The joy of x^x^x^. . . .

Back in 2013, Steven Strogatz posed this problem on Twitter:

A month or so ago, Shecky Riemann suggested that I take a look at this book to find a few fun projects with my kids:

Book Pic

Today I finally got around to the book. We opened it up to a random page and found this problem on page 77:

Find the value of x that satisfies the equation x^{x^{x^{.^{.^{.}}}}} = 2

So, we stumbled on a variation of the problem that Strogatz was tweeting about 2 years ago. The fact that he was tweeting about it suggests that there might be more going on with this problem than initially meets the eye.

As an aside, I originally intended to talk about the next problem in the book, too, which was the Monty Hall problem. However, our discussion of the infinite tower of x’s was so interesting that it didn’t really make much sense to move on to the second problem. We’ll talk Monty Hall some other time.

We started the project by talking about each kid’s initial reaction to the problem My older son noticed that x would have to be between 1 and 2 because he thought that an infinitely tall tower of powers of 2’s would have a value equal infinity. My younger son was worried that, actually, any infinitely tall tower of powers of numbers greater than 1 would have a value equal to infinity.

Interesting observations – we decided to check and see what happens with 2’s. Estimating the value of 2^{16} was nice little number sense exercise.

 

Now that we’ve talked a little bit about how a tower of powers works, we returned to the original problem. It was fun to hear that my older son remembered that we played around with some similar towers of powers when we played around with Graham’s Number.

My younger son thought there might be a connection to the series 1 + 1/2 + 1/4 + 1/8 + . . . , which was also nice to hear.

Despite some interesting ideas like these ones, we didn’t seem to be getting closer to the answer in this part of the discussion.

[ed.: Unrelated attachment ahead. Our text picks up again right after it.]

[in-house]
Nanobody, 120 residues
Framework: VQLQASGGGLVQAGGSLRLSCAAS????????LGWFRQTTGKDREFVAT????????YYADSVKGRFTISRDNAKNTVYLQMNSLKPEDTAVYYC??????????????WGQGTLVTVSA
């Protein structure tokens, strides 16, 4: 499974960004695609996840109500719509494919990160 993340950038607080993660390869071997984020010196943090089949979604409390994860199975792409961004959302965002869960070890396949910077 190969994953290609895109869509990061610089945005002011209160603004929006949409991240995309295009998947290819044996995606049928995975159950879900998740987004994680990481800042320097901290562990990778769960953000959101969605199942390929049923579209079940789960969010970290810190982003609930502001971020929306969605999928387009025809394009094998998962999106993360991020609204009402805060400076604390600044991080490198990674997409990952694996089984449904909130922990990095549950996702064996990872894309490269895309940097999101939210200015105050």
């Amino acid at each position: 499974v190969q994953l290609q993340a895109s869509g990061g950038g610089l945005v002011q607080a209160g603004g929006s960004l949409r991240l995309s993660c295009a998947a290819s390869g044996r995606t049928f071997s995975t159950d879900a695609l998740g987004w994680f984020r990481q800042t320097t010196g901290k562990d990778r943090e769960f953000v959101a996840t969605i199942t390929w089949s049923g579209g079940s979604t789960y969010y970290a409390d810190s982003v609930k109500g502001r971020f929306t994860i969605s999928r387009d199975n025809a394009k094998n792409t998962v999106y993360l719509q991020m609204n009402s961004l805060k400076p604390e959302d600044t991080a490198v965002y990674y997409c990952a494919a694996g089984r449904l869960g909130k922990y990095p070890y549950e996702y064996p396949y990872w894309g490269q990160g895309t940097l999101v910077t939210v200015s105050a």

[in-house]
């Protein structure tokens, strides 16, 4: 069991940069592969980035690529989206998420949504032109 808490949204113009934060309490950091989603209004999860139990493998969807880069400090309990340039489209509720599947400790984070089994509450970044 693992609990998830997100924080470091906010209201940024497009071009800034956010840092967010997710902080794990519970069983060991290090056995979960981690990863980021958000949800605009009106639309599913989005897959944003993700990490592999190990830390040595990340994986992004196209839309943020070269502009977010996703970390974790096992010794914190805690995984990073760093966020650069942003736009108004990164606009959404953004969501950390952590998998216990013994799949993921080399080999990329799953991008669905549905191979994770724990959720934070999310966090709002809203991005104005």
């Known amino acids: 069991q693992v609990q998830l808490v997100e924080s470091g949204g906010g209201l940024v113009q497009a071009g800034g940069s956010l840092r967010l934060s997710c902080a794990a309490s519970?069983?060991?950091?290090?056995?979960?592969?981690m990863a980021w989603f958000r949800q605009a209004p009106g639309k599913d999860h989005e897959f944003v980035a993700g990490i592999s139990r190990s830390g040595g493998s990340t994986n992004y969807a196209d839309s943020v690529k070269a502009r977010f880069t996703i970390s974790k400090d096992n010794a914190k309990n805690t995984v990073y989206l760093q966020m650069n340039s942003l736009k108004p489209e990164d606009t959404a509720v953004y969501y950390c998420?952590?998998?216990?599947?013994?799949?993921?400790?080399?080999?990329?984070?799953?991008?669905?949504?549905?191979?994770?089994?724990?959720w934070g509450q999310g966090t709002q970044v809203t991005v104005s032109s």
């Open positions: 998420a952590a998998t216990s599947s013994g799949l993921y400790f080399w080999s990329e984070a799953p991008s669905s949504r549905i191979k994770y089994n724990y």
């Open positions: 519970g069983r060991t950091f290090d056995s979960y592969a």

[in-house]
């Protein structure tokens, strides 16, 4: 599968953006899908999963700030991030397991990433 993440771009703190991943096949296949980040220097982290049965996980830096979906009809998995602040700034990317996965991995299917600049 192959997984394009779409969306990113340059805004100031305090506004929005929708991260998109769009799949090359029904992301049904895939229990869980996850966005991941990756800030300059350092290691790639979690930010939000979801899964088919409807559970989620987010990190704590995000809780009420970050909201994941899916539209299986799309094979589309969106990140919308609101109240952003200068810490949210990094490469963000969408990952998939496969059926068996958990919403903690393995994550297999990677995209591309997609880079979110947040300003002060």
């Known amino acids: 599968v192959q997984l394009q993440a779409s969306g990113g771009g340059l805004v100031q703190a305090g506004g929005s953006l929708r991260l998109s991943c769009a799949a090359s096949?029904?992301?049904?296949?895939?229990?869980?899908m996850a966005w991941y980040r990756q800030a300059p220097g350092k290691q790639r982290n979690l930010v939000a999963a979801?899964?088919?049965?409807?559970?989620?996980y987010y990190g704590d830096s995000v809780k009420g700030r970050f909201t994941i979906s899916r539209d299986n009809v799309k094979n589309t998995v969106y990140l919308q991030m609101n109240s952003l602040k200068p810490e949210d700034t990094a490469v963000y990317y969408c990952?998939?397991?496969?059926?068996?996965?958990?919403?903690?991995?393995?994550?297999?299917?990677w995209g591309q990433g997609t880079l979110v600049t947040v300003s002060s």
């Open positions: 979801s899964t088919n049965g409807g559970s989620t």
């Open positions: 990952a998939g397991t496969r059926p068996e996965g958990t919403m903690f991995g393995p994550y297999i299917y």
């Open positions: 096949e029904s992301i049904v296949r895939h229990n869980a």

At the beginning of this part of the project my younger son identifies the main difficulty in this problem: the tower of powers never ends, so how can you evaluate its value? After a little bit of thinking, my older son notices that one interesting thing about the tower is that it doesn’t matter where you start in the tower – you always have to go infinitely high up to find the value.

That’s the critical observation, but it still takes a little bit of discussion to figure out how to use that idea to solve the problem. But . . . eventually they notice that the equation seems to be equivalent to the much easier equation x^2 = 2!

 

Having found that x = \sqrt{2} seems to solve the equation, we decided to explore that solution on a calculator. I probably should have gone to Wolfram Alpha or Mathematica for this part but I didn’t plan ahead so well. At least the calculator helped the boys see that the tower of powers of \sqrt{2} did seem to converge to 2.

 

For the last part of the project I wanted to show the boys what happened when you try out a few numbers other than 2 – the idea here is related to the Strogatz tweet I mentioned above. The boys were caught off guard by the seeming paradoxes we ran into. After we turned off the camera my older son said:

“Wait, that means that 5 is less than 2 and that 2 equals 4. I’ll have to re-write the number system.”

I love it when math ideas really bother the boys – it shows that the ideas in the project are really making them think!

So, thanks to Shecky Riemann for the book recommendation. Our first project from the book was definitely fun!

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Comments

2 Comments so far. Leave a comment below.
  1. I’m getting old… although I remember recommending something to you recently Mike, I honestly didn’t recall recommending that particular book to you, though it indeed has many wonderful problems & solutions in it. Glad it worked for you!
    BTW, the book I just reviewed at MathTango, “Standard Deviations,” also has many examples that might be adaptable somehow as thought exercises for the boys (not so much as math problems).

  2. I had recently seen a quora question about this power tower: http://www.quora.com/Why-does-a-derivative-for-the-infinite-power-tower-x-x-x-exist

    I’ve very curious to know how your sons eventually make sense of this, and some of the similar results they’ve seen (1+2+3+4+…= -1/12 comes to mind). Do you think they continue thinking about these, are they waiting for someone (you?) to reveal the explanation, do they just accept that some things don’t make sense, or something else?

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